I'm not going to spend too much time here since this is a widely expected move, but Brissett would be a perfect bridge option for the Patriots. He had a very solid 2022 under Alex Van Pelt in Cleveland, including an excellent neutral-site outing against Buffalo in Detroit (albeit in a loss). If the Patriots want to take the Packers route and not immediately rush whoever they draft into a starting role, which I'm not against, they could get some competitive outings out of Brissett early on.


High End

Calvin Ridley, WR (Jacksonville Jaguars)

Projected Market Value Offer: Four Years, $70,340,880

What I'd Offer: Four Years, $84,000,000

After serving a year suspension for laying a few parlays with the boys, Calvin Ridley made a very strong return to the NFL in 2023. He was just one of nine receivers in football to put up at least 75 catches, 1000 yards, and eight touchdowns, and that was with multi-week stretches in which he wasn't much of a factor in the Jaguars' game plans.

You might be wondering about the two price tags and their disparity. Mike Evans' recent extension with Tampa and the lack of high-end guys on the market will drive things up for Ridley specifically. I'd also do a three-year deal instead of four if possible, but that might be out of their hands. In any case, The Patriots have to be, at the bare minimum, in on him come next week.


Christian Wilkins, IDL (Miami Dolphins)

Projected Market Value Offer: Four Years, $80,988,580

What I'd Offer: Four Years, $100,000,000

It's been too long for my liking since the last time the Patriots did an AFC East poach. Chris Hogan, Stephon Gilmore, Wes Welker, etc., have all yielded great fruit for them in years past, and Christian Wilkins, a native of Springfield, Mass, would be a signing on the level of those latter two. As I began writing this section, the Ravens gave Justin Madubuike a market-resetting deal worth nearly 25 million annually, which changes things for interior defensive linemen moving forward.

I think the Patriots would have to hit at least the 24 million a year range to be competitive, and to me, Wilkins should be their top priority and would be well worth it. He has some scheme familiarity with three years playing under Brian Flores and has Massachusetts ties, which will probably be a selling point, as will the opportunity to play on a defensive front featuring himself, Christian Barmore, and Matt Judon at the bare minimum. On pass rush downs, you wouldn't be able to double all three of them. Steep price tag, yes, but this is the exact kind of move a rebuilding team shouldn't be afraid to make. Assuming it makes sense, you must acquire impact talent whenever you can, and Wilkost certainly does.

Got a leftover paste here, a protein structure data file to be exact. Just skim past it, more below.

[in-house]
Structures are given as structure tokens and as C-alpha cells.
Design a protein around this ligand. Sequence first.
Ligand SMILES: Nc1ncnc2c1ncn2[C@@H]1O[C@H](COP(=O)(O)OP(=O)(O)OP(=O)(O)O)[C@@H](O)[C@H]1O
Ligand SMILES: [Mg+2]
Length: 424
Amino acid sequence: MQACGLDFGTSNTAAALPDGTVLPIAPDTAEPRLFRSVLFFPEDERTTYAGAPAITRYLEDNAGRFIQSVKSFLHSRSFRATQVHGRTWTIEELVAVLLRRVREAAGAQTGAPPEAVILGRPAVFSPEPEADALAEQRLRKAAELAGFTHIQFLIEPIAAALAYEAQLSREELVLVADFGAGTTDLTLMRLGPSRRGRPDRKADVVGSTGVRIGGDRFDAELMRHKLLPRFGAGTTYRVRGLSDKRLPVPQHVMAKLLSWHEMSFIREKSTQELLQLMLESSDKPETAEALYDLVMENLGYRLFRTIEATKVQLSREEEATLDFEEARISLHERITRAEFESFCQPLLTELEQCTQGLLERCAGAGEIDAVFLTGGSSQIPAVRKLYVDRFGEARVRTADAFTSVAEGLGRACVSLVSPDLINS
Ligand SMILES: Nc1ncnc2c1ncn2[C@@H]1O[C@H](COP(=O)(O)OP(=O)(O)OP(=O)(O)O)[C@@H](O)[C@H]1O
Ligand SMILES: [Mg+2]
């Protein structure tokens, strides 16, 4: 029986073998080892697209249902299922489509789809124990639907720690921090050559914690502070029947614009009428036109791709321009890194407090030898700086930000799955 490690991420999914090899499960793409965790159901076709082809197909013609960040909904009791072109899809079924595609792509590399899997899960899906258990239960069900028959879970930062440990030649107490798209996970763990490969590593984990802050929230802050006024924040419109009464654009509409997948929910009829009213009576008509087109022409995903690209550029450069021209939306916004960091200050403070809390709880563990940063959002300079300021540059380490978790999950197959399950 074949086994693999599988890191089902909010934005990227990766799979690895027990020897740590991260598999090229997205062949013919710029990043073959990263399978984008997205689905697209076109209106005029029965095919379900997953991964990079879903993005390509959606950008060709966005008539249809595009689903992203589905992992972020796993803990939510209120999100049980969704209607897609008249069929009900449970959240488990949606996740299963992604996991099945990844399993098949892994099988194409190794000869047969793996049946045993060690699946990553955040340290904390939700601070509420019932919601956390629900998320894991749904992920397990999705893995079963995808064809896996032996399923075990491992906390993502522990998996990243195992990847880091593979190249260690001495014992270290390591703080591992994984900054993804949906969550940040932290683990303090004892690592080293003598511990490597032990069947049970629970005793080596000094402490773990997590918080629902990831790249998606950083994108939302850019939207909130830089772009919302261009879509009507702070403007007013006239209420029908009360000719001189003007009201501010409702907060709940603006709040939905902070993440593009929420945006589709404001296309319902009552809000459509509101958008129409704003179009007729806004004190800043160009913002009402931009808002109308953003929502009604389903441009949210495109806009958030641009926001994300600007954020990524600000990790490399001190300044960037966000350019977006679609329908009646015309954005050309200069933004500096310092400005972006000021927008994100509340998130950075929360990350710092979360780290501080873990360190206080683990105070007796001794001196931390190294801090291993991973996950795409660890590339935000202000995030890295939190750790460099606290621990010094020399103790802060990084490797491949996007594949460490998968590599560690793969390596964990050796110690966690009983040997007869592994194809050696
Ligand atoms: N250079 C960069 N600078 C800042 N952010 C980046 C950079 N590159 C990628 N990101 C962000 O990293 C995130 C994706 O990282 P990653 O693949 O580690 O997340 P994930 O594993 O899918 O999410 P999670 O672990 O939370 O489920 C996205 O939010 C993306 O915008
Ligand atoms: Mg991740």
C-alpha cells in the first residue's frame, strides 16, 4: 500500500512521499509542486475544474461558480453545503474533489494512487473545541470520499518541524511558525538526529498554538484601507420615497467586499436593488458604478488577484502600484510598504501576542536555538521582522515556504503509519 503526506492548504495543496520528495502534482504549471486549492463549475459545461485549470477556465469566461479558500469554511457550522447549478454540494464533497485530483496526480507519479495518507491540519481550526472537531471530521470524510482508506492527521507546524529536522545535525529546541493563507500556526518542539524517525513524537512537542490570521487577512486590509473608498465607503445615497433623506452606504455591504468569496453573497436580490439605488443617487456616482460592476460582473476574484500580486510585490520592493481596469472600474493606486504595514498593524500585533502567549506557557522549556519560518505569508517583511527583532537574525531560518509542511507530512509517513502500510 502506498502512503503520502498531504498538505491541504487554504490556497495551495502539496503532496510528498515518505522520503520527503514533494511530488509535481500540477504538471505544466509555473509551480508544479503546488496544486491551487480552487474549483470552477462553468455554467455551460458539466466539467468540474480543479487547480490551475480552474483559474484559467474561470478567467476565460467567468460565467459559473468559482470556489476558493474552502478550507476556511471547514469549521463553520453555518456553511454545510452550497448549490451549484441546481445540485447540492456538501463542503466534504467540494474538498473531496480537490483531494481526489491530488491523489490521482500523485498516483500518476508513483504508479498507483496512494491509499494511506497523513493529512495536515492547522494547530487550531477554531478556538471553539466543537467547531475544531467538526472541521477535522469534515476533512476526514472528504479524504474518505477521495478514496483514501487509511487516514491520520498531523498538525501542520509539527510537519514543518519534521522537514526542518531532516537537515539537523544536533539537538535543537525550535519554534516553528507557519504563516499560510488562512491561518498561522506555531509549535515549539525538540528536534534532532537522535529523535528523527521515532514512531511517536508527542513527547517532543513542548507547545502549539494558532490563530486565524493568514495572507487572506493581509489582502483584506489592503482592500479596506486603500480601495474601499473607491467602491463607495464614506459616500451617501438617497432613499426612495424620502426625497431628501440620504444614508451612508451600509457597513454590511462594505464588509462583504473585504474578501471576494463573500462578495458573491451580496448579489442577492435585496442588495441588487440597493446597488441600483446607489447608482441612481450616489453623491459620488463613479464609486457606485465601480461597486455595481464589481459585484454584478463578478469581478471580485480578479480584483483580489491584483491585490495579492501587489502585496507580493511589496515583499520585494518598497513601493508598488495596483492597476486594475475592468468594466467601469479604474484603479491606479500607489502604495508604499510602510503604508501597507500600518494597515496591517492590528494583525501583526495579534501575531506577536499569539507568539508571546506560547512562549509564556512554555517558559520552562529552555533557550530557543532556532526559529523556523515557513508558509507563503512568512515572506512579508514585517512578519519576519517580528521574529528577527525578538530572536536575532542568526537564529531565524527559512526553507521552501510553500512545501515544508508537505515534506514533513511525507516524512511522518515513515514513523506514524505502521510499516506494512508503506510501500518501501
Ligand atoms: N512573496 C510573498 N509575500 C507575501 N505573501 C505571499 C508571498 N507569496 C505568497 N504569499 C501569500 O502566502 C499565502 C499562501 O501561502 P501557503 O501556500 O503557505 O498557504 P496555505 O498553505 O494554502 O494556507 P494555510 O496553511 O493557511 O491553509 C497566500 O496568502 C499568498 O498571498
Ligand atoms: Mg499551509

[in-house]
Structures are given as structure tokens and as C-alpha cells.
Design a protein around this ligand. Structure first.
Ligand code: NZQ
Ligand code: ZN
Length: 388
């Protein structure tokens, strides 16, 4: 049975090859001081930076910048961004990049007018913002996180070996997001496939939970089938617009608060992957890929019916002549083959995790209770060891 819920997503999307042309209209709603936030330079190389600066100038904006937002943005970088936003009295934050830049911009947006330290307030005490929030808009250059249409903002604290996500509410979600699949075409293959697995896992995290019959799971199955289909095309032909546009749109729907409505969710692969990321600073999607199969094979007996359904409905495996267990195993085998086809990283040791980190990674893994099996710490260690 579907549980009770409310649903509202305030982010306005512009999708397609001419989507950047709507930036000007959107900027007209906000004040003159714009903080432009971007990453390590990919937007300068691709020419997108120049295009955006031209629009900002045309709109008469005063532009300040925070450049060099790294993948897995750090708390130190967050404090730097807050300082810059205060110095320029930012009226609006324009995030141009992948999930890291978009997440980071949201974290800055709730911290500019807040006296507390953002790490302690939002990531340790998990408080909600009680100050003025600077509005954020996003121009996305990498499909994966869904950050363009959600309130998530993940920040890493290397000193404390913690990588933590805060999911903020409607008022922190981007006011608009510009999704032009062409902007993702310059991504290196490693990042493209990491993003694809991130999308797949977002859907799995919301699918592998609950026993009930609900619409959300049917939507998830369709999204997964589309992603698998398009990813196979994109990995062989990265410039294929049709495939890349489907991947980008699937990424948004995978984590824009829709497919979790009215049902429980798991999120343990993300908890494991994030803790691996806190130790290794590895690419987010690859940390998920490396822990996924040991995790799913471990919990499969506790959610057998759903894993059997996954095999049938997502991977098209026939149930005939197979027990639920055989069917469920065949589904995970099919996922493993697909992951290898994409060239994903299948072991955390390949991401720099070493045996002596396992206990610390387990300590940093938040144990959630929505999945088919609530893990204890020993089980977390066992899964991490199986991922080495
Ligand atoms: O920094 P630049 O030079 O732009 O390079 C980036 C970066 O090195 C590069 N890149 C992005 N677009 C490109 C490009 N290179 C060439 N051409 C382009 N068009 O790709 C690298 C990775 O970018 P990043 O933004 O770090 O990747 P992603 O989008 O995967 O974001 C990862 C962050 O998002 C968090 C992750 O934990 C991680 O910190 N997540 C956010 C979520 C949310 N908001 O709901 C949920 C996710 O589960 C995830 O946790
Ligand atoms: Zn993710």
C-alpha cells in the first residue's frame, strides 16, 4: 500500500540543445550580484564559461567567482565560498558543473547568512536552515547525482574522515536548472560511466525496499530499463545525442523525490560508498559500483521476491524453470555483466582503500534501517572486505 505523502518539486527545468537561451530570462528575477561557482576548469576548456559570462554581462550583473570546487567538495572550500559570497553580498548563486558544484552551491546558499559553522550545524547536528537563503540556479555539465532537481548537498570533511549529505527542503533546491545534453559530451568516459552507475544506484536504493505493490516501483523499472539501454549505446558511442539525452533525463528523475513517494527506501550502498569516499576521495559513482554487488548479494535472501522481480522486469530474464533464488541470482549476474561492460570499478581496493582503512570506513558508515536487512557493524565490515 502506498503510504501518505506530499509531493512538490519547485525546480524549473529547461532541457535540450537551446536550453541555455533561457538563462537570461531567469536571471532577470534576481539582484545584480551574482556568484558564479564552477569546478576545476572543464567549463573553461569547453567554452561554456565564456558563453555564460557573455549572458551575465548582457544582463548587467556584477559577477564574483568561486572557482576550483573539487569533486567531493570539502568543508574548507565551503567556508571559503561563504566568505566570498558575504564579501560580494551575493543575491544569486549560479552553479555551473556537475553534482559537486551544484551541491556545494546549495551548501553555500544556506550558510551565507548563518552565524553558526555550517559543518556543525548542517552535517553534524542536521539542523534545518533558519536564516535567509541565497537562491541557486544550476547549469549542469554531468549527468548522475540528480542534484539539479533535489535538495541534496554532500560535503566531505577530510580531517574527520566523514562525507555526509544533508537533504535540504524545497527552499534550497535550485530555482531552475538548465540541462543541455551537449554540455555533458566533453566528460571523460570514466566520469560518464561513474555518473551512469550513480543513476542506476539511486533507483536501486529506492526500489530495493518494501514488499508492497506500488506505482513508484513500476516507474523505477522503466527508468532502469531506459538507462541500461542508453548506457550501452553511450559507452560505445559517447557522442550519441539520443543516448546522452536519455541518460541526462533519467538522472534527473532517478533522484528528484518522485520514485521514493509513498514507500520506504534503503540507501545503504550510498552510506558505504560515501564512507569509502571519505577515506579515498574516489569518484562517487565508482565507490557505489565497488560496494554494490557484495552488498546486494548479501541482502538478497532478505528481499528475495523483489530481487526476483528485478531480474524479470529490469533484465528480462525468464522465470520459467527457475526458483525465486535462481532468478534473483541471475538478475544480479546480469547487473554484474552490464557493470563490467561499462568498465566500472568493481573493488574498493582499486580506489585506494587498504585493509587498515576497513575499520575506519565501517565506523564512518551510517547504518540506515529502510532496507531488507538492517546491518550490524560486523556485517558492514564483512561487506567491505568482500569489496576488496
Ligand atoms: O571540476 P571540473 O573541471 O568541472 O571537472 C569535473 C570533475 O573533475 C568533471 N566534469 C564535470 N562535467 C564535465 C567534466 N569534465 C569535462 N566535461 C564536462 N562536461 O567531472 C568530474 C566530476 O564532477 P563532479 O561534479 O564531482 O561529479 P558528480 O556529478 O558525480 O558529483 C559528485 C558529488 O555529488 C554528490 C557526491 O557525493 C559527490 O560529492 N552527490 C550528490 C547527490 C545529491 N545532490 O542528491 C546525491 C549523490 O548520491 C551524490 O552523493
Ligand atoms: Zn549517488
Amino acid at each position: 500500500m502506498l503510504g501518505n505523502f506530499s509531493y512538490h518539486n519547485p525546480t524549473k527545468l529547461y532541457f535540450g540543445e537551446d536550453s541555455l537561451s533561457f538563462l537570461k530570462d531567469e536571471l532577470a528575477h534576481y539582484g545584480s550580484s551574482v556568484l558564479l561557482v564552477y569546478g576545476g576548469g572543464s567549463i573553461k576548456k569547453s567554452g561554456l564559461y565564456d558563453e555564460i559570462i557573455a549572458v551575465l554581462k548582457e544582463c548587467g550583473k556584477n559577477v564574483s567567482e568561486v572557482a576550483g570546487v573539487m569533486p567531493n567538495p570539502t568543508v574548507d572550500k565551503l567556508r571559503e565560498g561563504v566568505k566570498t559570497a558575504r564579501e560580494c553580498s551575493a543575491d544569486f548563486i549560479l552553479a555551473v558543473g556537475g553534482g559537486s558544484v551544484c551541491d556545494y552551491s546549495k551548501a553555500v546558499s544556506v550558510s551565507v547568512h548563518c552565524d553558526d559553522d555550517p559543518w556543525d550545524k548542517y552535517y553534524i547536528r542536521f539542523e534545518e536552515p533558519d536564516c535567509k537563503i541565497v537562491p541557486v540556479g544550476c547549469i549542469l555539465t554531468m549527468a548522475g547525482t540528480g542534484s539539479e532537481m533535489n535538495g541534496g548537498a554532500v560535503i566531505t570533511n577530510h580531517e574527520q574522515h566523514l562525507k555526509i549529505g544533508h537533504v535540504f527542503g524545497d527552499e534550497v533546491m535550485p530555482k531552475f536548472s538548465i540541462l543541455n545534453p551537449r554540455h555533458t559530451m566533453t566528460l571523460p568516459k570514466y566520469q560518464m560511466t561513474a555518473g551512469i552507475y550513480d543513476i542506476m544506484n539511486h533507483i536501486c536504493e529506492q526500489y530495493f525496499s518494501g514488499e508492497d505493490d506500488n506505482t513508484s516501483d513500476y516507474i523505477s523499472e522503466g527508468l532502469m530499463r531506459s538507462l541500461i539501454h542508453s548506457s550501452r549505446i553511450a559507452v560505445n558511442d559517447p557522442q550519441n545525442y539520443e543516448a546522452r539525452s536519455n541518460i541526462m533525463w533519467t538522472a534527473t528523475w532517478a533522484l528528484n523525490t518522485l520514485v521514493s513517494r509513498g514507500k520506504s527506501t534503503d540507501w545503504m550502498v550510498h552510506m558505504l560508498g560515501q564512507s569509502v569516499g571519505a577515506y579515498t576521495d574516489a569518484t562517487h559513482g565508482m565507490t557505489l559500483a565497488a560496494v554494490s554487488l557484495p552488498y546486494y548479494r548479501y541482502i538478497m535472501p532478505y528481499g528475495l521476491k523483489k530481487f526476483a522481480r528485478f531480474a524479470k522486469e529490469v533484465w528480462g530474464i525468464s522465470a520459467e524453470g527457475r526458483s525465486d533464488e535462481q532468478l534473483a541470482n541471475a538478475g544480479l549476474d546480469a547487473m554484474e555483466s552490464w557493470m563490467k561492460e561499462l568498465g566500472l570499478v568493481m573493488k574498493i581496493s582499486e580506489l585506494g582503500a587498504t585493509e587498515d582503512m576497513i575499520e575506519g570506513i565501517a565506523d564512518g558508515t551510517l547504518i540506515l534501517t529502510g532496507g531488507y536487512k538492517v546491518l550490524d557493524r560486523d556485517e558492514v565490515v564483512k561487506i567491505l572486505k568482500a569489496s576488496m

Jonah Williams, OT (Cincinnati Bengals)

Projected Market Value Offer: Four Years, $43,438,044

What I'd Offer: Two Years, $18,000,000

Should the Patriots miss out on Tyron Smith, their next best option would be Williams, who spent this last year as the Bengals' right tackle. The projected money and the fact the Bengals are letting him hit the open market should tell you a lot, but there's not a ton out there on the tackle market. If it comes down to Williams vs. Smith, I'm taking the latter 100 times out of 100, and I wouldn't blame the Patriots if they wouldn't want to pull the trigger on a deal here. Either way, it's nice to have options.


Chris Jones, IDL (Kansas City Chiefs)

Projected Market Value Offer: Three Years, $85,450,844

What I'd Offer: Four Years, $108,000,000

I certainly believe Chris Jones would like to continue competing for Super B. Still, there's no denying the Pats' ability to outspend just about every other team in the league, and their strong defense isn't their worst selling point. I don't believe the Patriots would spend over 30 million a year on average for a non-quarterback since that doesn't feel like their MO, but if they want Jones, I would feel good enough giving him an extra year if that means you could get him at a few million less per year. Although I believe Wilkins is a more realistic option, adding a proven Champion and winner like Jones to the Patriots would be a franchise-altering move. The only guy better in between the edges is the best defensive football player I've ever seen (Aaron Donald, in case you were wondering).


Justin Simmons, SAF (Denver Broncos)

Projected Market Value Offer: Two Years, $22,209,860

What I'd Offer: Two Years, $22,500,000

I want to preface this by saying I'd only be in on Simmons if and only if the Patriots lose Kyle Dugger. At that point, Simmons would be literally as good a shorter-term back-end presence as the Patriots could hope for, even if he's a bit older (he turned 30 last November). He has a ton of versatility for the position, which the Patriots value a ton, has unreal instincts, and would probably be their best cover safety the second he (hypothetically) signs. There's no guarantee he's even on the market by the time we leave the weekend, but some food for thought.